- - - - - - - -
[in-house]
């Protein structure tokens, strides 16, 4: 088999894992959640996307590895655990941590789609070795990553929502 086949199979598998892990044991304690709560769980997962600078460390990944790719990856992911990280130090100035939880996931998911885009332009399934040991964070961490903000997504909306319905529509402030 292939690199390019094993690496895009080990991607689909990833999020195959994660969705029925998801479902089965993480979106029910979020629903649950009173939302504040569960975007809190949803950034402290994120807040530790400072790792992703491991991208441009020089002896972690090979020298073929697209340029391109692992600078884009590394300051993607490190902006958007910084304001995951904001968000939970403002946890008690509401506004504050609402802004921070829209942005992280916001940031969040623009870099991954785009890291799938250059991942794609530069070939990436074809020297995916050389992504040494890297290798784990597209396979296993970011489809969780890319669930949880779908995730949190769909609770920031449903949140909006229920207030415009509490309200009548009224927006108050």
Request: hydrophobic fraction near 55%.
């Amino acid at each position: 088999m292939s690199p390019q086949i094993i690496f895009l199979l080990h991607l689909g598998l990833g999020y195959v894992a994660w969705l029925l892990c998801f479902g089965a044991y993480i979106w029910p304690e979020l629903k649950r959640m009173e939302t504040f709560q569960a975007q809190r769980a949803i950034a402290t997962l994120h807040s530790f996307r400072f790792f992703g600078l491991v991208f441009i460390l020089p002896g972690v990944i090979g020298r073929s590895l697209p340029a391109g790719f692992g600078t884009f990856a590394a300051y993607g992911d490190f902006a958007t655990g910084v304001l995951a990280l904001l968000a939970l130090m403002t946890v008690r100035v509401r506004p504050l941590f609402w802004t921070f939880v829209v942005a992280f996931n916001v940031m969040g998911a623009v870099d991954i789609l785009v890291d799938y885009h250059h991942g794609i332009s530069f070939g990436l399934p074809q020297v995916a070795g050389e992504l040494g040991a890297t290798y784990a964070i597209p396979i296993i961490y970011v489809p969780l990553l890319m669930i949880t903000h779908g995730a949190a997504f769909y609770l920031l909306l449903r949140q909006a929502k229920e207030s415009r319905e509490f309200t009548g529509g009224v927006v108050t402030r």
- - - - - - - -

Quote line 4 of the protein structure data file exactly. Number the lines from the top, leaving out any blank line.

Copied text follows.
């Amino acid at each position: 088999m292939s690199p390019q086949i094993i690496f895009l199979l080990h991607l689909g598998l990833g999020y195959v894992a994660w969705l029925l892990c998801f479902g089965a044991y993480i979106w029910p304690e979020l629903k649950r959640m009173e939302t504040f709560q569960a975007q809190r769980a949803i950034a402290t997962l994120h807040s530790f996307r400072f790792f992703g600078l491991v991208f441009i460390l020089p002896g972690v990944i090979g020298r073929s590895l697209p340029a391109g790719f692992g600078t884009f990856a590394a300051y993607g992911d490190f902006a958007t655990g910084v304001l995951a990280l904001l968000a939970l130090m403002t946890v008690r100035v509401r506004p504050l941590f609402w802004t921070f939880v829209v942005a992280f996931n916001v940031m969040g998911a623009v870099d991954i789609l785009v890291d799938y885009h250059h991942g794609i332009s530069f070939g990436l399934p074809q020297v995916a070795g050389e992504l040494g040991a890297t290798y784990a964070i597209p396979i296993i961490y970011v489809p969780l990553l890319m669930i949880t903000h779908g995730a949190a997504f769909y609770l920031l909306l449903r949140q909006a929502k229920e207030s415009r319905e509490f309200t009548g529509g009224v927006v108050t402030r």